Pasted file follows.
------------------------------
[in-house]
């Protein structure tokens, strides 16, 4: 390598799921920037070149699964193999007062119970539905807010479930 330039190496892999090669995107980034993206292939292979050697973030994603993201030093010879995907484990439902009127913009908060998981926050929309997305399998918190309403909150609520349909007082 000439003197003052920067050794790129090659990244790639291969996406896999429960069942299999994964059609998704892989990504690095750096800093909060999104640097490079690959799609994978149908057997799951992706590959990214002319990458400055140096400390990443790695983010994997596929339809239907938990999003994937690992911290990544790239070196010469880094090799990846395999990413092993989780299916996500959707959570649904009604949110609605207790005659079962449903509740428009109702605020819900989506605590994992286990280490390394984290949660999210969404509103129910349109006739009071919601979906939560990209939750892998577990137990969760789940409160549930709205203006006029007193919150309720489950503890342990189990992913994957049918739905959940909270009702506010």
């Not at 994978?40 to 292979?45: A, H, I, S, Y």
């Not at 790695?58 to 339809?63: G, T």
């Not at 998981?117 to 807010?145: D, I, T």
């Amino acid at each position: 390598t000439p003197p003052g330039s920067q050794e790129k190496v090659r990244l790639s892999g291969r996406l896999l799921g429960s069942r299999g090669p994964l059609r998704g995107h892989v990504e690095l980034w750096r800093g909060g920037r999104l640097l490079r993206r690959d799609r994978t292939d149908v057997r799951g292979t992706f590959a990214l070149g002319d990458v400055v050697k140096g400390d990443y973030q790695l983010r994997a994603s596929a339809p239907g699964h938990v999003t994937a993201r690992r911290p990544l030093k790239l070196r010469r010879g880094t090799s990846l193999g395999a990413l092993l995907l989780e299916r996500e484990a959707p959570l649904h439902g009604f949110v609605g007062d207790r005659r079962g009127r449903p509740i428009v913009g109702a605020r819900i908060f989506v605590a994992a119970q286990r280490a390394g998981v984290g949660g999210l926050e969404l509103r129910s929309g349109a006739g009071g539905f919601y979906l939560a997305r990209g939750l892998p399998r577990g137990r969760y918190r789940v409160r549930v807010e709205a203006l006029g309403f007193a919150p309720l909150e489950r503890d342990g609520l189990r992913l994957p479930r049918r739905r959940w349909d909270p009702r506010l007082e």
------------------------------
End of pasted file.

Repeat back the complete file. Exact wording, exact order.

[in-house]
């Protein structure tokens, strides 16, 4: 390598799921920037070149699964193999007062119970539905807010479930 330039190496892999090669995107980034993206292939292979050697973030994603993201030093010879995907484990439902009127913009908060998981926050929309997305399998918190309403909150609520349909007082 000439003197003052920067050794790129090659990244790639291969996406896999429960069942299999994964059609998704892989990504690095750096800093909060999104640097490079690959799609994978149908057997799951992706590959990214002319990458400055140096400390990443790695983010994997596929339809239907938990999003994937690992911290990544790239070196010469880094090799990846395999990413092993989780299916996500959707959570649904009604949110609605207790005659079962449903509740428009109702605020819900989506605590994992286990280490390394984290949660999210969404509103129910349109006739009071919601979906939560990209939750892998577990137990969760789940409160549930709205203006006029007193919150309720489950503890342990189990992913994957049918739905959940909270009702506010």
């Not at 994978?40 to 292979?45: A, H, I, S, Y």
């Not at 790695?58 to 339809?63: G, T």
């Not at 998981?117 to 807010?145: D, I, T």
């Amino acid at each position: 390598t000439p003197p003052g330039s920067q050794e790129k190496v090659r990244l790639s892999g291969r996406l896999l799921g429960s069942r299999g090669p994964l059609r998704g995107h892989v990504e690095l980034w750096r800093g909060g920037r999104l640097l490079r993206r690959d799609r994978t292939d149908v057997r799951g292979t992706f590959a990214l070149g002319d990458v400055v050697k140096g400390d990443y973030q790695l983010r994997a994603s596929a339809p239907g699964h938990v999003t994937a993201r690992r911290p990544l030093k790239l070196r010469r010879g880094t090799s990846l193999g395999a990413l092993l995907l989780e299916r996500e484990a959707p959570l649904h439902g009604f949110v609605g007062d207790r005659r079962g009127r449903p509740i428009v913009g109702a605020r819900i908060f989506v605590a994992a119970q286990r280490a390394g998981v984290g949660g999210l926050e969404l509103r129910s929309g349109a006739g009071g539905f919601y979906l939560a997305r990209g939750l892998p399998r577990g137990r969760y918190r789940v409160r549930v807010e709205a203006l006029g309403f007193a919150p309720l909150e489950r503890d342990g609520l189990r992913l994957p479930r049918r739905r959940w349909d909270p009702r506010l007082e």